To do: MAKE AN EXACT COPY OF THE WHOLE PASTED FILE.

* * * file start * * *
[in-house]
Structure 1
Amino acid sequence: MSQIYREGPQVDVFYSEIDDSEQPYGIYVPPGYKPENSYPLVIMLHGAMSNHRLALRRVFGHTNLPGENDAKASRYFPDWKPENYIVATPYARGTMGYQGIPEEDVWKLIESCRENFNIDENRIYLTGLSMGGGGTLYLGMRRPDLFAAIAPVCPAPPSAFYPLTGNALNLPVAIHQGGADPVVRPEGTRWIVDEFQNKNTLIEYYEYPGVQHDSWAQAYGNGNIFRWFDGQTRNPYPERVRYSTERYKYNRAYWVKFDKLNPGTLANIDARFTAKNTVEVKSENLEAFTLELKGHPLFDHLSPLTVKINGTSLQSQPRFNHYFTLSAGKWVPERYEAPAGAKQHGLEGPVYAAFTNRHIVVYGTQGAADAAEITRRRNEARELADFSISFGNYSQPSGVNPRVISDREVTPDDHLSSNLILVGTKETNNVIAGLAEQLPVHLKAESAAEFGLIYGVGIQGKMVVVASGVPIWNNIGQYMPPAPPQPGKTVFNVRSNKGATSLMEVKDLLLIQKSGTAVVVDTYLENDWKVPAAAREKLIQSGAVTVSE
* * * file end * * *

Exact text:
[in-house]
Structure 1
Amino acid sequence: MSQIYREGPQVDVFYSEIDDSEQPYGIYVPPGYKPENSYPLVIMLHGAMSNHRLALRRVFGHTNLPGENDAKASRYFPDWKPENYIVATPYARGTMGYQGIPEEDVWKLIESCRENFNIDENRIYLTGLSMGGGGTLYLGMRRPDLFAAIAPVCPAPPSAFYPLTGNALNLPVAIHQGGADPVVRPEGTRWIVDEFQNKNTLIEYYEYPGVQHDSWAQAYGNGNIFRWFDGQTRNPYPERVRYSTERYKYNRAYWVKFDKLNPGTLANIDARFTAKNTVEVKSENLEAFTLELKGHPLFDHLSPLTVKINGTSLQSQPRFNHYFTLSAGKWVPERYEAPAGAKQHGLEGPVYAAFTNRHIVVYGTQGAADAAEITRRRNEARELADFSISFGNYSQPSGVNPRVISDREVTPDDHLSSNLILVGTKETNNVIAGLAEQLPVHLKAESAAEFGLIYGVGIQGKMVVVASGVPIWNNIGQYMPPAPPQPGKTVFNVRSNKGATSLMEVKDLLLIQKSGTAVVVDTYLENDWKVPAAAREKLIQSGAVTVSE